When I first arrived at the University of Maryland, and for many weeks after, I was bemused by the number of students who walked around dressed from head to toe in clothing with our university’s name on it, and by the volume of merchandise in the university bookstore that features our mascot, Testudo the terrapin.

The weeks went by, and every day you could guarantee that at least 50% of the students on campus would be wearing at least one garment of University of Maryland attire. It wasn’t just the students – I saw their parents sporting large ‘M’ bumper stickers on their cars, and even younger siblings wearing Maryland red.

The university that you choose to attend in England is something to be proud of – most of us worked hard to get there and try to make the most of the experience – but at the end of the day it is just a university: a place to earn a degree, to meet friends, and to introduce you to another way of life.

Here in College Park, going to the University of Maryland is not merely an academic or a social choice – it is a way of life.

I remember one of the first orientation seminars I had when I arrived in Maryland, during which they played us a video showing a sea of red-clad students singing along to the Maryland victory song. They didn’t seem at all reserved or self-conscious to be professing so publicly their love for their educational institution.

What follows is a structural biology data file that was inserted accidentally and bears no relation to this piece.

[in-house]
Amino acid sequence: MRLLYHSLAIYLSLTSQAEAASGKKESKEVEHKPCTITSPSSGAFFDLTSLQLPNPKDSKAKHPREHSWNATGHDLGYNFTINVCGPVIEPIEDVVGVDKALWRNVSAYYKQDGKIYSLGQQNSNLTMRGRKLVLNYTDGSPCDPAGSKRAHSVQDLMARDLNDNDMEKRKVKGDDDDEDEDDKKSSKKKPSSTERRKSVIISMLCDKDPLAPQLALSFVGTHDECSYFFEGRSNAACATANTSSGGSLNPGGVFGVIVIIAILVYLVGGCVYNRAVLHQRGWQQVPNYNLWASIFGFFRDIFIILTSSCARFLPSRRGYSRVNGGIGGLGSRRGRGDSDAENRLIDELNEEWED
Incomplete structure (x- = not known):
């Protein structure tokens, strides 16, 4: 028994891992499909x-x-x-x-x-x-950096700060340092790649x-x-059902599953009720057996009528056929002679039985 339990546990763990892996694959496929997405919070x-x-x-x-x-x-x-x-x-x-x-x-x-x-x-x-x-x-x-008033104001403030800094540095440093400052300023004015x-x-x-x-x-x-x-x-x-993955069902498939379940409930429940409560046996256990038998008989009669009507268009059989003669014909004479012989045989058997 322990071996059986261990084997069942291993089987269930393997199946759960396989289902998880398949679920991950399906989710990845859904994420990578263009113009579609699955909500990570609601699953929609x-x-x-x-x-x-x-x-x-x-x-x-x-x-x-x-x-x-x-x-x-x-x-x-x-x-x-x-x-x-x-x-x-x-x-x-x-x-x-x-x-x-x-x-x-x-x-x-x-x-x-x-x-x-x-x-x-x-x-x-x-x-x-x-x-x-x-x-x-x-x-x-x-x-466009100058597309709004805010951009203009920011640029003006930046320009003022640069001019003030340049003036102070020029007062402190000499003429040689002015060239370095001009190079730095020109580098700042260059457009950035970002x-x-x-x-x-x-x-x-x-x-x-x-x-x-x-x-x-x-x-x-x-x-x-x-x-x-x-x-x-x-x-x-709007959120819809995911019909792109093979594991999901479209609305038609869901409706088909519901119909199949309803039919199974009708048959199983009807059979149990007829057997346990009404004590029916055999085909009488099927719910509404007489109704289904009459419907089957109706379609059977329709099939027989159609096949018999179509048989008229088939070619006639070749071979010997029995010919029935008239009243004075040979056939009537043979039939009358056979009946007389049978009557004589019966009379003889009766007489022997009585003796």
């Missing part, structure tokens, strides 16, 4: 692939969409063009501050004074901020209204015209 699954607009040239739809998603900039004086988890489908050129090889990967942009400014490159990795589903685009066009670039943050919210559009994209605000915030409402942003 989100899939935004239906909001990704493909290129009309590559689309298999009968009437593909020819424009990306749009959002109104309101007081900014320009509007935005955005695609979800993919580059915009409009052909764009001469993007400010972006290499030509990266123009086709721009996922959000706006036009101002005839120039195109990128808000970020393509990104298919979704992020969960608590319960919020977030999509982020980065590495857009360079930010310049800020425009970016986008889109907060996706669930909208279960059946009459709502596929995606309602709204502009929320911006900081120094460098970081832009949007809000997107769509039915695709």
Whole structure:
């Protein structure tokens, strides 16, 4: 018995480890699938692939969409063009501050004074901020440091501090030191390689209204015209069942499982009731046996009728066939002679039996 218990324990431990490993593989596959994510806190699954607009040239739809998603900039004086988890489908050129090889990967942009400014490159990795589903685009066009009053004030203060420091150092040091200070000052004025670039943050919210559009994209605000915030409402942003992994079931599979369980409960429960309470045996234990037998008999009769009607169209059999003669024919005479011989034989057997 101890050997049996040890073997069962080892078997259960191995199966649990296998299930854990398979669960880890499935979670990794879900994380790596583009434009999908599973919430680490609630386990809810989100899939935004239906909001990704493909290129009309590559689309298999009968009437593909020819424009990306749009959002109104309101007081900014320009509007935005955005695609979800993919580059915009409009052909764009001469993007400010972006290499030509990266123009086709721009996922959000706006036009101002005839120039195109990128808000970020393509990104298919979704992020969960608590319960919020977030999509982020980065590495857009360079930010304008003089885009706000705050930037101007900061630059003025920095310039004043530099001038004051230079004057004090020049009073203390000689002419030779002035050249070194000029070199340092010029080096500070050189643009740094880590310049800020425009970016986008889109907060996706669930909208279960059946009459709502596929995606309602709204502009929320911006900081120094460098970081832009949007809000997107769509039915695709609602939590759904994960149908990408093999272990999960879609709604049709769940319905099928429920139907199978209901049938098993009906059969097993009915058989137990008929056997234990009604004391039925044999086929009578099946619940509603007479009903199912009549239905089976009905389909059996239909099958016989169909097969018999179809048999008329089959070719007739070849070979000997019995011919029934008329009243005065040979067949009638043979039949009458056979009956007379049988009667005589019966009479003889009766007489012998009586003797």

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Lily Suggests How to Make Friends as a Shy International Student

by Guest Post - Posts (71). Posted Tuesday, December 11th, 2012 at 4:33 pm

Earlier this year Rahela talked about how lonely she felt during her first year studying in the U.S. “I felt lonely because I could not make a friendship,” she said. “It was hard to share my feelings and experiences with other students.” Lily wrote in to say that she relates. But she also said she found out that part of making friends is just letting relationships form naturally. Here’s what she suggested:

I am an international student studying in Illinois. My first experience in the United States was somewhat challenging. I had a difficult time coping and interacting with the students around here. For the first time being about 5000 miles away from home, I shed tears like no other.

I am a really shy, reserved person and I do find it hard trying to make friends. One thing about this is that the Americans will find it hard trying to get close to you because you are really not open to them. But I later realized that it takes time for them to really know you, and one just has to be natural – no pretense and feeling of pride – and you will find them flocking around you.

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A Major Dilemma

by Simbarashe - Posts (7). Posted Monday, December 10th, 2012 at 3:34 pm